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Frances Allen’s Desert Roundup…

The fact that temperatures topped out in the triple digits didn’t deter a boa-draping, cape-wearing, crystal-encrusted crowd of Liberace fans from lining up to see a sneak preview of the film Behind The Candelabra, a bio-pic of the last years of the musician/showman’s life. The sneak preview was offered to the city of Palm Springs by HBO Films and the picture’s executive producer Jerry Weintraub (also a Desert resident), in honor of the city’s 75th anniversary.

The response, even though the preview was free, was greater than the organizers anticipated. Originally planned for two separate showings in the Palm Springs Convention Center, each screening seating 400 moviegoers, the demand quickly exceeded expectations causing the addition of a third screening and the doubling of attendance at each screening.

A lot of the film, which features Oscar-winners Michael Douglas as Liberace and Matt Damon, as Scott Thorson, Liberace’s troubled, much younger lover with whom he had a clandestine, five-year relationship, was shot in Palm Springs, where Lee had one of his many homes and where the devotedly-religious performer (each home had its own shrine) partied before he became ravished by AIDS.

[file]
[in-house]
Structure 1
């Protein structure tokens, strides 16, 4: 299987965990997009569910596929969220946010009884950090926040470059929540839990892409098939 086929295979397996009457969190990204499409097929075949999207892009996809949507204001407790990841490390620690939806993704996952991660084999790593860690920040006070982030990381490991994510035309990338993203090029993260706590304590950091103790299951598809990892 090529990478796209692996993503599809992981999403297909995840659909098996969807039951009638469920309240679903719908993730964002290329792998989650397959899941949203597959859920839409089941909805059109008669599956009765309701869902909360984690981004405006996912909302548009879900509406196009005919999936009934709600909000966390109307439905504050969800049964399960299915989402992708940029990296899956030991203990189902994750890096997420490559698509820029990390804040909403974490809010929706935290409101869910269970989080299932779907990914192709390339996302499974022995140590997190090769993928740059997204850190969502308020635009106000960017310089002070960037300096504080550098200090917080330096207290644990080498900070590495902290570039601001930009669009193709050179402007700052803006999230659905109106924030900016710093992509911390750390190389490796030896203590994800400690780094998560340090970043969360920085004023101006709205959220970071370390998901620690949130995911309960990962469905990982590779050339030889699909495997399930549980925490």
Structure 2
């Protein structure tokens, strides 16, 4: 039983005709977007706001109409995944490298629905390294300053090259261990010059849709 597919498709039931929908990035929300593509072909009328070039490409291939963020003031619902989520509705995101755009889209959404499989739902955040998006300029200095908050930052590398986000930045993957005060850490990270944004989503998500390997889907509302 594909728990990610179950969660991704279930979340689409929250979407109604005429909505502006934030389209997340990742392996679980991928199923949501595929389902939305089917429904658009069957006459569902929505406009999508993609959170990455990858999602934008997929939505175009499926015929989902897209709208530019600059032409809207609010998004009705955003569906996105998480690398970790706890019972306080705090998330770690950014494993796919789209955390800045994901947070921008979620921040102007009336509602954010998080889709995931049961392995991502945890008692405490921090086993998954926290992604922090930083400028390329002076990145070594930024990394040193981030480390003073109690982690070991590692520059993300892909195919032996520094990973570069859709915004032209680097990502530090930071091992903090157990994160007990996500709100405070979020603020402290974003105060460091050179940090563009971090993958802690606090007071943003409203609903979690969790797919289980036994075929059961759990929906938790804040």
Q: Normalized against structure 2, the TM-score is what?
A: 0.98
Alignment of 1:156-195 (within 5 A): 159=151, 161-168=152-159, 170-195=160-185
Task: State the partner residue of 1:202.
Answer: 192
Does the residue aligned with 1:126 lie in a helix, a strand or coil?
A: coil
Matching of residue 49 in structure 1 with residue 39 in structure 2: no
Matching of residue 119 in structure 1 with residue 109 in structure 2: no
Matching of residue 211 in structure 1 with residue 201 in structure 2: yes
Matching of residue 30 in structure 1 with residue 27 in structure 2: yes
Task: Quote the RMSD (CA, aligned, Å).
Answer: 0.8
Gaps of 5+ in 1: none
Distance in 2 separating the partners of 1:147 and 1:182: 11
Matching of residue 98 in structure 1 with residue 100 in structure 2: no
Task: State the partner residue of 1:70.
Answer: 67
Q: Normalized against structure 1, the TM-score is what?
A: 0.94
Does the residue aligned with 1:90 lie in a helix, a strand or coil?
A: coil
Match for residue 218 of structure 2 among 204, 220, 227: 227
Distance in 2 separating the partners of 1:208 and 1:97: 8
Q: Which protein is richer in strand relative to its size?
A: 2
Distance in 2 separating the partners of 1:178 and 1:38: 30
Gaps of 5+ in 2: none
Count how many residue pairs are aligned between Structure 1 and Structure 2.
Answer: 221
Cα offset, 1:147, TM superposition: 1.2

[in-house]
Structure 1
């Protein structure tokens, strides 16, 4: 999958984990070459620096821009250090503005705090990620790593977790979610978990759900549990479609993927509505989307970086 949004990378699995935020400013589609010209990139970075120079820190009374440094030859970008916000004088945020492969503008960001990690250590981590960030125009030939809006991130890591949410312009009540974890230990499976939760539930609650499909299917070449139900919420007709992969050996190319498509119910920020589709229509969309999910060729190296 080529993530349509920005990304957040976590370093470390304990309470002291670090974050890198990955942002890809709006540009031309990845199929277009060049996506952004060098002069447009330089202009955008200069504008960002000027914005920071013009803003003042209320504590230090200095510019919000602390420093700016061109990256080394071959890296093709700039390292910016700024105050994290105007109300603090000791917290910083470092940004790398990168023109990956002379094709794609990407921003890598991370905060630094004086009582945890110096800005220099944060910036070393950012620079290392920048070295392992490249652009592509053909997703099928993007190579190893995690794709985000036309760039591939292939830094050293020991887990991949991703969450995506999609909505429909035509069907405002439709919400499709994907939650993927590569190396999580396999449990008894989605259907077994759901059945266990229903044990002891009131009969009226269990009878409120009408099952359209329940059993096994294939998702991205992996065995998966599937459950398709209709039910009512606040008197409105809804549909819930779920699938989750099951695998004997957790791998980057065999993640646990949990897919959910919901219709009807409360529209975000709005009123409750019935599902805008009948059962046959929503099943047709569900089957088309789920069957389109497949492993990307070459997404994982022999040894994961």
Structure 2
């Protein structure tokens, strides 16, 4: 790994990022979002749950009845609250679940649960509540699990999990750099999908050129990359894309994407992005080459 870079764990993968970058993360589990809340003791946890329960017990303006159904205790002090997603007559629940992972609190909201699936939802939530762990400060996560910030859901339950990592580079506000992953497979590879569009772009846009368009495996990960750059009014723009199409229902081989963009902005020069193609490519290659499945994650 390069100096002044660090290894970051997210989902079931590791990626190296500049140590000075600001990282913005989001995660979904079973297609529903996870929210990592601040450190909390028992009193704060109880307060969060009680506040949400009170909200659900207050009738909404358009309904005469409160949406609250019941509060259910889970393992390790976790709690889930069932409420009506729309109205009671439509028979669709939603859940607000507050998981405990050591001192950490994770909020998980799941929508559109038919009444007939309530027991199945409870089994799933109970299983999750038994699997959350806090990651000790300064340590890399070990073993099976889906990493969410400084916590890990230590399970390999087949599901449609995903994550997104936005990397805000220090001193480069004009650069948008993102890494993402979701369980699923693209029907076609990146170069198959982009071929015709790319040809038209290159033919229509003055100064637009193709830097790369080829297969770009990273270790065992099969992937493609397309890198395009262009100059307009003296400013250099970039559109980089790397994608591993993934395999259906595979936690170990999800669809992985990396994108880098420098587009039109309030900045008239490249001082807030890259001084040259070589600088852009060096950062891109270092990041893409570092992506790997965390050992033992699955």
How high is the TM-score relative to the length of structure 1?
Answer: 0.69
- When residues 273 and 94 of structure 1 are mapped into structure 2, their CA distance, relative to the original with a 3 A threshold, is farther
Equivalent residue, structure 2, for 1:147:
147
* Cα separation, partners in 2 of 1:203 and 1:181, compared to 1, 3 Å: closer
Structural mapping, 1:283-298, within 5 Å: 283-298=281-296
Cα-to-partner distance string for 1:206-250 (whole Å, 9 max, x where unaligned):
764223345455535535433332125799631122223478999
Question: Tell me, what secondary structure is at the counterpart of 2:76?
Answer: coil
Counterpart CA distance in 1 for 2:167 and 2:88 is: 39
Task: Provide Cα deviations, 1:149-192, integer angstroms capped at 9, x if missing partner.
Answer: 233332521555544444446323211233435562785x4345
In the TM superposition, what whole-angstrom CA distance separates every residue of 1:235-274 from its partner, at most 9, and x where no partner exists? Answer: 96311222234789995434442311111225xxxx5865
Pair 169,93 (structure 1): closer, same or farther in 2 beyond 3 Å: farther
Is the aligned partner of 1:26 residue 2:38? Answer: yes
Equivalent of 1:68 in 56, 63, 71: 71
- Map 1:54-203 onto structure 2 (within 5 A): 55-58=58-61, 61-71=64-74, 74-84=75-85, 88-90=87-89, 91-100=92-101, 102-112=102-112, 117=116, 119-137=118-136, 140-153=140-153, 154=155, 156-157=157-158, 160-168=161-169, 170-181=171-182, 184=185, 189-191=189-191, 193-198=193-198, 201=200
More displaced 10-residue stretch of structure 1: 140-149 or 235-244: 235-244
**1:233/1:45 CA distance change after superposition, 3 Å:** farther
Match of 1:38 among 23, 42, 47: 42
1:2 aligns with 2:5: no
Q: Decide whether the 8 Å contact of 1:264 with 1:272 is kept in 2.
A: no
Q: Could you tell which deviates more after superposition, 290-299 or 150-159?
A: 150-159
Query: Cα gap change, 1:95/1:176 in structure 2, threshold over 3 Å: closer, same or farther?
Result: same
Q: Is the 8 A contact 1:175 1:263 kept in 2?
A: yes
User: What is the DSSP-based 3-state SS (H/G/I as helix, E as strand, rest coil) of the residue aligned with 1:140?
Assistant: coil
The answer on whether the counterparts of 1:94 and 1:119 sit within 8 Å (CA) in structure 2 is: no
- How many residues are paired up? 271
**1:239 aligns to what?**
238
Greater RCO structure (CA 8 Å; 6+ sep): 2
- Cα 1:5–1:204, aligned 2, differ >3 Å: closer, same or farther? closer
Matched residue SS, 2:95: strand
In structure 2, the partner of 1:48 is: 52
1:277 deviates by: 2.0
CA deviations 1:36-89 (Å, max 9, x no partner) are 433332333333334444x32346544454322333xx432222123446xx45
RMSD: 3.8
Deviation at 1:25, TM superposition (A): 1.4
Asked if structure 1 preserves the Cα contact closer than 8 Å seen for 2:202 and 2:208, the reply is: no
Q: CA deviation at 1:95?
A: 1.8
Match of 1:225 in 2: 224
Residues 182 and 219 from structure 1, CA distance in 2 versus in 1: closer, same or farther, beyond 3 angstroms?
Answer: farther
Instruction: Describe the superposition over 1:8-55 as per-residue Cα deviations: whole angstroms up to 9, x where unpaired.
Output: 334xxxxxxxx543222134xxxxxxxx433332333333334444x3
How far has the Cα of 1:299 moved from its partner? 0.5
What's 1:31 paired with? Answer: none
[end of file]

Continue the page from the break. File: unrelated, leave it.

He died here in 1987, three years after the death of his mother, Frances, brilliantly played in the film by a nearly unrecognizable Debbie Reynolds–also a former Desert resident.

I wonder what the real Liberace—who won libel judgments in England from two newspapers for reporting that he was gay —would say about his on-screen portrayal. You can make your own judgment. Behind The Candelabra is currently playing on HBO, which means it will be around forever.


First came a formation of World War II T-34 training aircraft in a “missing man” formation; then, the lumbering bomber approached and it was “bombs away.”

The white carnations looked liked snowflakes, but they were too large. The red flowers evoked images of blood, but they were far too many. However, there was a deeper meaning as some 3,000 carnations were dropped from a B-25 World War II Mitchell bomber as part of the Palm Springs Air Museum’s annual Memorial Day tribute.

The white carnations are in recognition of the veterans who died in World Wars I and II, in Korea and Vietnam. The red flowers were to honor those who died in the Persian Gulf, Desert Storm, Iraq and Afghanistan. It’s a tribute begun by the museum 15 years ago. Then, only white flowers were dropped. We appear to have learned very little since.

Voted the second-best tourist attractions out of 65 in the Desert area, the Palm Springs Air Museum is home to one of the world’s largest collections of flyable WWII aircraft—kept in pristine condition in spotless, air-conditioned hangars where there are no ropes to keep visitors from interacting with the exhibits.

There is also a theater on-site, an extensive library and period models and memorabilia, plus the staffed of trained volunteers provide details on the aircraft and a sense of the experience of flying them.

For information, call the museum at 760-778-6262.

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